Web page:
I did a photoshoot clad in bee-suits and poised by the hives as part of a collaborative project with a young chef who is featuring local Hackney produce this year.
Then the snow and wind turned the garden to the Arctic. First job last week was to clear snow from the hive landing boards and put a protection board across the front of each hive to stop the light reflected off the snow enticing the bees out. Then each day I fed the birds and melted a hole in the ponds so that they could access water.
I still need to sterilise the ‘dead hive’ but the deep frost will have kept it safe from any wax moths and anyway it is sealed up. Everything else is clean and ready to go once the Spring arrives.
Annual seeds selected to for their attraction to pollinating insects arrived. I am experimenting with echium, ‘viper’s bugloss’ for the first time. I can’t wait to get my meadow seeds planted and get some colour in the garden.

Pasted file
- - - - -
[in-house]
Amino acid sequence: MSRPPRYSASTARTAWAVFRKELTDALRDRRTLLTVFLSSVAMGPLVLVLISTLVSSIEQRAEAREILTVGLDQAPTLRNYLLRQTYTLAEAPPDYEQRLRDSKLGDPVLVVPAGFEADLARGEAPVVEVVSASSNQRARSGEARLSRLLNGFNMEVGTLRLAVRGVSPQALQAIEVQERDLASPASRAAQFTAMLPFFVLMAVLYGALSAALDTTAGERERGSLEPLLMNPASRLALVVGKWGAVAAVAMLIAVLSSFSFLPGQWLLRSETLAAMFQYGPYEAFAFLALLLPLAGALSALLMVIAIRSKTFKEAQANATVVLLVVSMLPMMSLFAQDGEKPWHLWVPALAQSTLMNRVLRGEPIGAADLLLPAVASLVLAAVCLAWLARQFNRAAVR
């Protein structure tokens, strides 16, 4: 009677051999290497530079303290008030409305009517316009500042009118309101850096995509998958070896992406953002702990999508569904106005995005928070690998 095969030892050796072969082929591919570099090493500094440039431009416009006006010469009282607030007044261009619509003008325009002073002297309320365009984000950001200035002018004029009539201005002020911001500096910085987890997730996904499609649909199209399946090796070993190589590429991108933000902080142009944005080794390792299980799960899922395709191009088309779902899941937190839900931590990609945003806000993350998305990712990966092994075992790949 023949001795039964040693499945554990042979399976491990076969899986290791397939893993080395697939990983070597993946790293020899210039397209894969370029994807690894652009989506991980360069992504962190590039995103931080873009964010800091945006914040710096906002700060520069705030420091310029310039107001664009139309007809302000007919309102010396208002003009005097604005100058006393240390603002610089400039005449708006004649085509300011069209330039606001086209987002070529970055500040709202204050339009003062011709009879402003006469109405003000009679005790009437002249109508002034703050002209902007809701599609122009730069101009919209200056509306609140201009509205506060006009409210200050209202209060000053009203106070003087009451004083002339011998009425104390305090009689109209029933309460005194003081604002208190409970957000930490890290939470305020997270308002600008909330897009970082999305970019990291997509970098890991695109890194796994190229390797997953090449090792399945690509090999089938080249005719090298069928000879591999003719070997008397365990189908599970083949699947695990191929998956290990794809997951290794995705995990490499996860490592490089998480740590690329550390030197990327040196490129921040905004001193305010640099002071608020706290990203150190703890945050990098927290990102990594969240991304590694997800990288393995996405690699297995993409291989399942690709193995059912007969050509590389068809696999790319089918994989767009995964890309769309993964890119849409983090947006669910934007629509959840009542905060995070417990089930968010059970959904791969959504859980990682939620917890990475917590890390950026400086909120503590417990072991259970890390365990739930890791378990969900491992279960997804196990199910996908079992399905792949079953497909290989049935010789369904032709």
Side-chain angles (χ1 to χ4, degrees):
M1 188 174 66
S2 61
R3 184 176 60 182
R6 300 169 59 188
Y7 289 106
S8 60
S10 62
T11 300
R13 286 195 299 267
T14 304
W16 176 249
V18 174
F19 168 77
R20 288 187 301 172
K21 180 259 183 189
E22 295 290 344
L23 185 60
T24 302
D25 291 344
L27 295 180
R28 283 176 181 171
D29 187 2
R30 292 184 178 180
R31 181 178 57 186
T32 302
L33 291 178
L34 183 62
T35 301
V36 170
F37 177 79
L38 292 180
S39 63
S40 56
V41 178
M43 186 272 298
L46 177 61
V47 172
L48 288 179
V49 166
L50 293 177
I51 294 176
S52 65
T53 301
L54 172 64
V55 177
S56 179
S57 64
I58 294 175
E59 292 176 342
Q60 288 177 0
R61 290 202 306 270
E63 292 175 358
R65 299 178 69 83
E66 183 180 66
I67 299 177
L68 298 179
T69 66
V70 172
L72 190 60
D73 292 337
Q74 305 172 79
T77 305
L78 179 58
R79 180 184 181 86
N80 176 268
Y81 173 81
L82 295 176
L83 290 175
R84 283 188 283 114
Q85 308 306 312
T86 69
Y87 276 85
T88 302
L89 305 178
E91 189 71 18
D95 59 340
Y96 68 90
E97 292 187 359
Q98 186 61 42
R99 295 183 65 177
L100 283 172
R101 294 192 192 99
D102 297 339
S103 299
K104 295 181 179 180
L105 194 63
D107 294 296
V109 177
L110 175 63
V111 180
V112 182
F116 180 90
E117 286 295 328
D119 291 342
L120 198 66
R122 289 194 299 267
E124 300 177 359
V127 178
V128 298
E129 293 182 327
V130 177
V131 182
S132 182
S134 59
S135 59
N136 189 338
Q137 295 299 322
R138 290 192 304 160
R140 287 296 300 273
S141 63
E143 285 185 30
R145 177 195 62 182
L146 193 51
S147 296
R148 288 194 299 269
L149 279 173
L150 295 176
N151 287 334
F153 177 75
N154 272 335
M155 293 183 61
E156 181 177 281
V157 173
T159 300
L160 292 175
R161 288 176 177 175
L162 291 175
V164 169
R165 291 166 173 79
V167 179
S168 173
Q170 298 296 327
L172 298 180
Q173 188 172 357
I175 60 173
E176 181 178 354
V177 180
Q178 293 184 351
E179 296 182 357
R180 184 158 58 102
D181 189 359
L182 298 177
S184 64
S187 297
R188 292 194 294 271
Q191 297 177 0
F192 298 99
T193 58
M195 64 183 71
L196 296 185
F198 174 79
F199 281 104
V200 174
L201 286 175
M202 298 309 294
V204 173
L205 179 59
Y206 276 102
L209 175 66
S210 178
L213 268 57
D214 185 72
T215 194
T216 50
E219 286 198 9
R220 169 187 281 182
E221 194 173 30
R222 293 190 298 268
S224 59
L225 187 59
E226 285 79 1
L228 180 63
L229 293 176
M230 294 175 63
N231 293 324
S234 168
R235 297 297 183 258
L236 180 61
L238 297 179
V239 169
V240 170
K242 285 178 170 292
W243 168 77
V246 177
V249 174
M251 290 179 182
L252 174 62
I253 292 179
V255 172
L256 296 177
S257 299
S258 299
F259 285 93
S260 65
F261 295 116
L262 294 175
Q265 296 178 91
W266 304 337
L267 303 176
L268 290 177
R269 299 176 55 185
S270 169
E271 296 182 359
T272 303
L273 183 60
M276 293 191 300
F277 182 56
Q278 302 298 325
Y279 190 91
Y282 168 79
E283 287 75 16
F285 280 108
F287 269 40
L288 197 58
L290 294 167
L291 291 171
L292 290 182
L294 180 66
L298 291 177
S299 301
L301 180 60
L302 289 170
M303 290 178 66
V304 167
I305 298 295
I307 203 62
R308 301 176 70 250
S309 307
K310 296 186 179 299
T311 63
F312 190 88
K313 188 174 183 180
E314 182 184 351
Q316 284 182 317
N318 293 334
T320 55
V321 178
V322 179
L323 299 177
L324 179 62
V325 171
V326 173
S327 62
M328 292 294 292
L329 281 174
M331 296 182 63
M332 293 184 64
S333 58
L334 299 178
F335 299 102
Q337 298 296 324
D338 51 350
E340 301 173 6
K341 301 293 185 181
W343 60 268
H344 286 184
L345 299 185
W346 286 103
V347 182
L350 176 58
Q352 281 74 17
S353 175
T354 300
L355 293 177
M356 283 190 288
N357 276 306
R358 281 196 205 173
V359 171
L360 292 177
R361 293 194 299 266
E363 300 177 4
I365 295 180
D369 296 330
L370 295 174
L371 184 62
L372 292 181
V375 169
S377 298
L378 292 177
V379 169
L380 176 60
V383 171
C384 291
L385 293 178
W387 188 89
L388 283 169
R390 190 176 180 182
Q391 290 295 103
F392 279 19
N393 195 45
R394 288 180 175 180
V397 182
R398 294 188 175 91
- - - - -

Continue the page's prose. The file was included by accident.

I now have to tell people that they must wait until June for the new crop of honey as I have run out except for some jars with comb chunks in which is not to everyone’s taste.
March jobs for beekeepers
- Check food reserves and feed fondant if still cold or light syrup when warm
- Carry out the first quick hive inspection fi it is ‘tee-shirt’ warm
- Monitor varroa drop and organise treatment if needed
- Ensure all equipment is ready to go: newly waxed frames, supers
- Make sure that your ‘swarm kit’ has all the components ready, just in case
- Consider feeding pollen substitute
March jobs for the friends of pollinators
- Order plants and seeds that will attract and feed pollinators
- Check that if you buy potting compost it does not contain chemicals that will harm bees as they like to drink moisture from wet compost
- Look on the National Open Garden Scheme website to find gardens to inspire your planting at the same time as supporting nursing charities.